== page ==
Alcatel-Lucent will cut 15,000 jobs over the next two years, and create 5,000 others as it seeks to focus on sales of IP networking and ultra-broadband equipment.
The company announced its plans for a net reduction of 10,000 jobs by the end of 2015 ahead of a meeting with staff representatives on Tuesday. In total, 15,000 jobs will go, but 5,000 new posts will be created, an Alcatel-Lucent spokesman said. The company is not communicating on the nature of the new posts.
Operations around the world will be affected, including a net reduction of 4,100 positions in Europe, the Middle East and Africa; 3,800 in Asia-Pacific and 2,100 in the Americas.
In France, the company intends to cut 900 jobs this year, primarily in support, administrative and sales functions. But it will also recruit 200 engineers and technicians, and create a new small cells competency center, a product area which the company has high hopes for as operators continue to try to keep up with growing data volumes. Another 900 jobs could be transferred internally or outsourced, the company said.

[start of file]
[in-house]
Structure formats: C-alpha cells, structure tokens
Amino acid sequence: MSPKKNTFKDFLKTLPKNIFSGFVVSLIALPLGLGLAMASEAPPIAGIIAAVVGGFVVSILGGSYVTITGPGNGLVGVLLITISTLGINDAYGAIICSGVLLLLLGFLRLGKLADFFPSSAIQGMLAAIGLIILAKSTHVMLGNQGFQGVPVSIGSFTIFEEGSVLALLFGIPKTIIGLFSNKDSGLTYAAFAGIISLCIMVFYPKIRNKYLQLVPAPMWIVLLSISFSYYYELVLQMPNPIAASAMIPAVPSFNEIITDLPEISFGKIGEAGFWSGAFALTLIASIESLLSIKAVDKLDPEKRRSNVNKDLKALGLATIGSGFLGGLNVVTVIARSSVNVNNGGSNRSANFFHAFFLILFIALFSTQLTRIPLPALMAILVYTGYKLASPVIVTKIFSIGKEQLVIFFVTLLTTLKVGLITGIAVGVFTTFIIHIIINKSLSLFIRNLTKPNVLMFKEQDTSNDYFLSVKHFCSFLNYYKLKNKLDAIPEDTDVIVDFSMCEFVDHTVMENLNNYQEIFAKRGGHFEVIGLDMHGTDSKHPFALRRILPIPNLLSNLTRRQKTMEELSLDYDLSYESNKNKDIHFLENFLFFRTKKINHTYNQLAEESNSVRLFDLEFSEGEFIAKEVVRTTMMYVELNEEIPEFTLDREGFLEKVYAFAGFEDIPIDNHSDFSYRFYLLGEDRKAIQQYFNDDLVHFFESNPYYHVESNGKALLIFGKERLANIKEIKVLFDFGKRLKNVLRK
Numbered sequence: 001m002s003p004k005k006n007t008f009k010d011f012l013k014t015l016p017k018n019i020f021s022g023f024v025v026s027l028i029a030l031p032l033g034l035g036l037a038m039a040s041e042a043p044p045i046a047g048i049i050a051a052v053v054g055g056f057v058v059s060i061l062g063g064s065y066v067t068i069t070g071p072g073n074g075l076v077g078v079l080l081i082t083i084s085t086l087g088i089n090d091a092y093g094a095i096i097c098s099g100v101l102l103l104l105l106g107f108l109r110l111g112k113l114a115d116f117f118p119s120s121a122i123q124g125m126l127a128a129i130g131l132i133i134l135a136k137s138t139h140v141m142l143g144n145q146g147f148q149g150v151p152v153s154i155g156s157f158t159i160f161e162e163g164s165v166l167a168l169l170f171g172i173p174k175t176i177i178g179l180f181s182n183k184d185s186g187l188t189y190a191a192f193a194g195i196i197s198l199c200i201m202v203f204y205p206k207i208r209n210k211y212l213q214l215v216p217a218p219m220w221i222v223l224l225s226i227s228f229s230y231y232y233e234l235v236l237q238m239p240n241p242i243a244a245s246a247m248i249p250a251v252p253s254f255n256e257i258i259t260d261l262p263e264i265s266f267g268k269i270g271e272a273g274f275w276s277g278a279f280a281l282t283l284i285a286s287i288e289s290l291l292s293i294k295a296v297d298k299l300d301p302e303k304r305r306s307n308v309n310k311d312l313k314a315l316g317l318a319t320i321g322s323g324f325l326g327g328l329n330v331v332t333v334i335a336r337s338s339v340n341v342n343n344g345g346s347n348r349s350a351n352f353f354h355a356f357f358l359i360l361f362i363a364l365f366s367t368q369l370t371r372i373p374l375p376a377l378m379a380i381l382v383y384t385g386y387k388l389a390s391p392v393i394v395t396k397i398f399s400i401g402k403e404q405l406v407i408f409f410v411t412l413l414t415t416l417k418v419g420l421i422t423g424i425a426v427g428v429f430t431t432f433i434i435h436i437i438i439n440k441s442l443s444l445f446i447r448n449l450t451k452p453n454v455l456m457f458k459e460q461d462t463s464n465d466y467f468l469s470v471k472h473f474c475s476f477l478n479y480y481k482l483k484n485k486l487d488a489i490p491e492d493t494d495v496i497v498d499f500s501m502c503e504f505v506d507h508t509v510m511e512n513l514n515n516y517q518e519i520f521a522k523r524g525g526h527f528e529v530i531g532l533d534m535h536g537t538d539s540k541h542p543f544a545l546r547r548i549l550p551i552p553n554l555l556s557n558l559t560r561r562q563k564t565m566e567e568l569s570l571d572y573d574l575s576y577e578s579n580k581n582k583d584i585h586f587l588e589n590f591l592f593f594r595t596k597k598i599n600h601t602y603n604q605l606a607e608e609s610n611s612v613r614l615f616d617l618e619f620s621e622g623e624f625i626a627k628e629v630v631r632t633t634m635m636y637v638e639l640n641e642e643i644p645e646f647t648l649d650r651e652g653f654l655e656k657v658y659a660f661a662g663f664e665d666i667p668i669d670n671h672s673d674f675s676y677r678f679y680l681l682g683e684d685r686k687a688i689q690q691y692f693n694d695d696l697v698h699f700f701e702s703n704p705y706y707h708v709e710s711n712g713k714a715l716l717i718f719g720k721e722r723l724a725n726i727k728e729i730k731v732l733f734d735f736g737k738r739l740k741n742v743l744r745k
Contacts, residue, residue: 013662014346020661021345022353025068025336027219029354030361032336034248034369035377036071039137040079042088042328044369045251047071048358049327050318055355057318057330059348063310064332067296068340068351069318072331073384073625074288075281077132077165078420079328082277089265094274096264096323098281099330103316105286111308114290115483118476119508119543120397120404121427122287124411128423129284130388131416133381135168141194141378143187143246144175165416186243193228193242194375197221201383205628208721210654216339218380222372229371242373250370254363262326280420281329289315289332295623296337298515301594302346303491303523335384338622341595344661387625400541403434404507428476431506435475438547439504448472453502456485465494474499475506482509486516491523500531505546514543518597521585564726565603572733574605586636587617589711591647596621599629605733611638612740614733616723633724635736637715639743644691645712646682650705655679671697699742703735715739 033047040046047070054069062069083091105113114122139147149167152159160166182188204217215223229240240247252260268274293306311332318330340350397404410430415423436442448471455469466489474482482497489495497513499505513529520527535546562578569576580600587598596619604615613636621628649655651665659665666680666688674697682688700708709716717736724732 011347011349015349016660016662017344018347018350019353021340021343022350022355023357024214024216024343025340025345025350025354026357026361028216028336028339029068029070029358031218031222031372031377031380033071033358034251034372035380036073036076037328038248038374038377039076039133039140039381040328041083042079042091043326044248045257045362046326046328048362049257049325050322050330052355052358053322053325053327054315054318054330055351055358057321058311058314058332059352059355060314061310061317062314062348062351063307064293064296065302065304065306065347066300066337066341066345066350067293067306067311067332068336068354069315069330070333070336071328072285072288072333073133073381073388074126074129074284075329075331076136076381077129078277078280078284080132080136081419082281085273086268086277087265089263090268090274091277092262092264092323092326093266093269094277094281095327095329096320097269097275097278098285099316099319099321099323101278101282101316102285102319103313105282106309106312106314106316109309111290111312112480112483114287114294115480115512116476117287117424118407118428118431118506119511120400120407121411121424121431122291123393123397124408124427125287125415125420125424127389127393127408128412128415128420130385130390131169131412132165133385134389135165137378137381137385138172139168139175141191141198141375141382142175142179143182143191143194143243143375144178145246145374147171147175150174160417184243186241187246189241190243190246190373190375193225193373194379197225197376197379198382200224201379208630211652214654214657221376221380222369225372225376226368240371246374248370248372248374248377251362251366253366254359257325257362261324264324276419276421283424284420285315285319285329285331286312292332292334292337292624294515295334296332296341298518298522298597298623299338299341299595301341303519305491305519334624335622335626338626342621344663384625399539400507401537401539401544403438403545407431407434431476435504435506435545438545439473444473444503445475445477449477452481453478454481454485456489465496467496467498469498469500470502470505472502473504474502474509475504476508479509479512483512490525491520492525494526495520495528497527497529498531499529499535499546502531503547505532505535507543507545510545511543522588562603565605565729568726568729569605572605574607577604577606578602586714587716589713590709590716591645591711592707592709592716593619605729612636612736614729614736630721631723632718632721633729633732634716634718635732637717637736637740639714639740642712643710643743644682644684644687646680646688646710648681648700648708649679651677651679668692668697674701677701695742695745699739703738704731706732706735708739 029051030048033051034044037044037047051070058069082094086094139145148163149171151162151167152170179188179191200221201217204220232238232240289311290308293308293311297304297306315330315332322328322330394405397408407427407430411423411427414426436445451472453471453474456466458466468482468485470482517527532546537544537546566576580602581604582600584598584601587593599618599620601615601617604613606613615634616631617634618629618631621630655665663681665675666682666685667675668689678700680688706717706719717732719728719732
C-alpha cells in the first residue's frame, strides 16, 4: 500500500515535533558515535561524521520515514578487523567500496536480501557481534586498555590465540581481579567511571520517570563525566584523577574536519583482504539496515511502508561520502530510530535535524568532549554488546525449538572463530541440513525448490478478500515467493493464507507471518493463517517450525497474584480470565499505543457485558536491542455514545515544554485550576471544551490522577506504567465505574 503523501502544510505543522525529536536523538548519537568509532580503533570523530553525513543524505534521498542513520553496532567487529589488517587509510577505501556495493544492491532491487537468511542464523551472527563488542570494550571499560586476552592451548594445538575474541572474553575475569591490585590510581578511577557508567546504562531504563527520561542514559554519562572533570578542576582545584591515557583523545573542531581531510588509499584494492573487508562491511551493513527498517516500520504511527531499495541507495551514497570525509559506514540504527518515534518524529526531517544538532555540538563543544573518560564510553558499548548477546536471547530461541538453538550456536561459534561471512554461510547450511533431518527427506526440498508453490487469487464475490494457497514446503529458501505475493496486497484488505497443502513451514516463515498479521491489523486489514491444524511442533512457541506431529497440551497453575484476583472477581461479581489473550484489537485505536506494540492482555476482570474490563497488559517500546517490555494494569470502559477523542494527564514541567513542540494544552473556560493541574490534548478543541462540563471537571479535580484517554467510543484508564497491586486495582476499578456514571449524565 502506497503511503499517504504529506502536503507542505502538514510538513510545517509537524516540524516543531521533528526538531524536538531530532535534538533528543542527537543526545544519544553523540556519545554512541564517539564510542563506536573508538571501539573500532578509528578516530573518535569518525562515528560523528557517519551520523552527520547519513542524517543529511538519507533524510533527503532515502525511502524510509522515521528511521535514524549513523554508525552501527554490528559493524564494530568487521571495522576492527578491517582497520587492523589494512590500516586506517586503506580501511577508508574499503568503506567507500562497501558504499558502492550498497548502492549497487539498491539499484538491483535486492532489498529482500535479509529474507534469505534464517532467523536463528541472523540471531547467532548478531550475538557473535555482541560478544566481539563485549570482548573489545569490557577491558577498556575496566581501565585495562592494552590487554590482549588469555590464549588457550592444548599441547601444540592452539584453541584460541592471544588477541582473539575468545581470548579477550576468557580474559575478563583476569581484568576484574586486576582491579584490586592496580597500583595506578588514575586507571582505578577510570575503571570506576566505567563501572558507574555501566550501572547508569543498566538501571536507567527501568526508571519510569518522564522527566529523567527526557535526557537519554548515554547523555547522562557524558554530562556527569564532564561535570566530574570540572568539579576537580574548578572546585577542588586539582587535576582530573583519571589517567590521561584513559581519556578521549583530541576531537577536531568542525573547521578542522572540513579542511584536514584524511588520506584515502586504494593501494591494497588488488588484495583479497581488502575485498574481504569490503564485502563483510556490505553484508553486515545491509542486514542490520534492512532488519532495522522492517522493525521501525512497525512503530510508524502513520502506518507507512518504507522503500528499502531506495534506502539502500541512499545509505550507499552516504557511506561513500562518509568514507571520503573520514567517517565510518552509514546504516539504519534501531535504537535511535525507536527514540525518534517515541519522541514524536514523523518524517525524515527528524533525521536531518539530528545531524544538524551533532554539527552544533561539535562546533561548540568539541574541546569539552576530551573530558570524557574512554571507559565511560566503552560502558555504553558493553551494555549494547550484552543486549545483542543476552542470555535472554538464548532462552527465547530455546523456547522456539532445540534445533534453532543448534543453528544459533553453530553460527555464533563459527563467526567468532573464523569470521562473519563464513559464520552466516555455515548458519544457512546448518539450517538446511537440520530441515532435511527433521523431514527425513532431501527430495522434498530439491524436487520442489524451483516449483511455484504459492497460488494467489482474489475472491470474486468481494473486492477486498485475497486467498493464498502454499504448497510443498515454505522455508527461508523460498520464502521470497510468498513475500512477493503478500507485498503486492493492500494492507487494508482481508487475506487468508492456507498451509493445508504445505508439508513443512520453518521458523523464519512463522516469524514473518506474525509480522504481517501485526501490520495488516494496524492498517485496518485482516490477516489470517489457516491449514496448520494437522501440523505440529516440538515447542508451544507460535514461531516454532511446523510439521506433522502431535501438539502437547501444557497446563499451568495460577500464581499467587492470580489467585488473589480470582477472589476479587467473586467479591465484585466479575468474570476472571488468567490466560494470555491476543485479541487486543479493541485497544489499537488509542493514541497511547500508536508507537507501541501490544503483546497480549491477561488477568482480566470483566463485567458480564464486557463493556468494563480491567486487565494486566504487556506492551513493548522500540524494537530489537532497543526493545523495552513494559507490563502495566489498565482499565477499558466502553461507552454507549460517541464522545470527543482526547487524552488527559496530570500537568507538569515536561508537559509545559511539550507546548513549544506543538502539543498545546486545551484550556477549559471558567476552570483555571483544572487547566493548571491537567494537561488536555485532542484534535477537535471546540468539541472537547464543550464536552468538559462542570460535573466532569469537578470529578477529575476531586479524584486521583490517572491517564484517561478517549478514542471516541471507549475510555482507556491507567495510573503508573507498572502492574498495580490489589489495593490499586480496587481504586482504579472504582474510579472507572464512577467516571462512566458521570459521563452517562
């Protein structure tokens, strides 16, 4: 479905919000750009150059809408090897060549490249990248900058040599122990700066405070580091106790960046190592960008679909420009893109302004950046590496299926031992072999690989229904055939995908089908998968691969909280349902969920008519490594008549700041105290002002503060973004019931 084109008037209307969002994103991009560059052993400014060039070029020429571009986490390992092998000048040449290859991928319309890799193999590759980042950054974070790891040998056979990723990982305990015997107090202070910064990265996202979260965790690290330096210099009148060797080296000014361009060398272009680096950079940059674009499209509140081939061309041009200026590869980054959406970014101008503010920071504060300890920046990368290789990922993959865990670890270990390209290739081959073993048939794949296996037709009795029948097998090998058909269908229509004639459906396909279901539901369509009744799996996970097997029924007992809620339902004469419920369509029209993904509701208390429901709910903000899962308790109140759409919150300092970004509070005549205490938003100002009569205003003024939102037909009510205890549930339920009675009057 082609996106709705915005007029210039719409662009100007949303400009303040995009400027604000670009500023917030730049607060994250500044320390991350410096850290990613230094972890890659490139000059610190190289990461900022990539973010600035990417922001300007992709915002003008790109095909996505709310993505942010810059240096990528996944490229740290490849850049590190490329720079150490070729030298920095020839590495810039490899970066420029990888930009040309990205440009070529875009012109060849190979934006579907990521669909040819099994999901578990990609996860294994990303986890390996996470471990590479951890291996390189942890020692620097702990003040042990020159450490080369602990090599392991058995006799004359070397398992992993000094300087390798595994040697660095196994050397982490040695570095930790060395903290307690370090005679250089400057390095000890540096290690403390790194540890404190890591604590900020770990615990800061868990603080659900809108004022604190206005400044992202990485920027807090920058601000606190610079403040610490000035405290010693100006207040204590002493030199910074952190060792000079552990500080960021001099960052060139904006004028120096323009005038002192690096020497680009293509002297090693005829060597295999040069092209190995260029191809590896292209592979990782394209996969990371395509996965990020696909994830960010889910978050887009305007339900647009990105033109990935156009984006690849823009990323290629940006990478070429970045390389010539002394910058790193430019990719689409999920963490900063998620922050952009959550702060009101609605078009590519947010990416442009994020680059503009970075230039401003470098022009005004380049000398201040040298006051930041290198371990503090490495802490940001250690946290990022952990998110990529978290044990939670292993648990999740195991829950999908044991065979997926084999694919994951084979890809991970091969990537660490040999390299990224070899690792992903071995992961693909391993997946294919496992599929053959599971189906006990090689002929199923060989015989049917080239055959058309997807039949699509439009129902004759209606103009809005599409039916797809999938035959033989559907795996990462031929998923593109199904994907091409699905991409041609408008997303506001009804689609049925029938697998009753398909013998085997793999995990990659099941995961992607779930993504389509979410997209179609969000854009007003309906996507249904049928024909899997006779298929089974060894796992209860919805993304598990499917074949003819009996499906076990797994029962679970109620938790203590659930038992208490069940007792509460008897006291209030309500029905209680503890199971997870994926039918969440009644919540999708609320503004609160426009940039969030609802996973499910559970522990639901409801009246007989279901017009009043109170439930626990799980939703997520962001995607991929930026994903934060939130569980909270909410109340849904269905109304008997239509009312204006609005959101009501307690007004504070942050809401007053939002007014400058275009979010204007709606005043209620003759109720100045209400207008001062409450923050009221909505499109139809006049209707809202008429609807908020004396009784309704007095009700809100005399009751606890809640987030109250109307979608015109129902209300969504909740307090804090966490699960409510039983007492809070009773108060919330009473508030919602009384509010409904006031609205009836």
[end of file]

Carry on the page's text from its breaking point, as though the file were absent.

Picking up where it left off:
Alcatel-Lucent also plans to make its Villarceaux campus, near Paris, its largest research and development center in Europe, concentrating activities for carrier customers there and at another site in the West of France, Lannion, which will specialize in ultra-broadband mobile access and subscriber data management.
The cuts are part of a big reorganization called "The Shift Plan" that Alcatel-Lucent announced in June. It aims to turn the struggling company into a leaner operation by repositioning it as "a specialist in the next-generation technologies of IP Networking, Cloud and Ultra-Broadband," including LTE networks, it said.
The company is on the right track with the reorganization, but now it will also have to execute on it, according to Gartner research director Sylvain Fabre. Nokia Solutions and Networks, formerly Nokia-Siemens Networks, has shown it can be done, he said.
"Laying off people is the easy part. The company has to show how, despite doing that, it won't lose customer focus, can maintain quality and release products without delays. If Alcatel-Lucent can do all those things, I think it will be in a good place," Fabre said.
Selling LTE networks to mobile operators around the world will be key to the turn-around, according to Fabre, and here Alcatel-Lucent has seen some success. "The company is getting into places it wasn't before," Fabre said.
With additional reporting by Peter Sayer in Paris.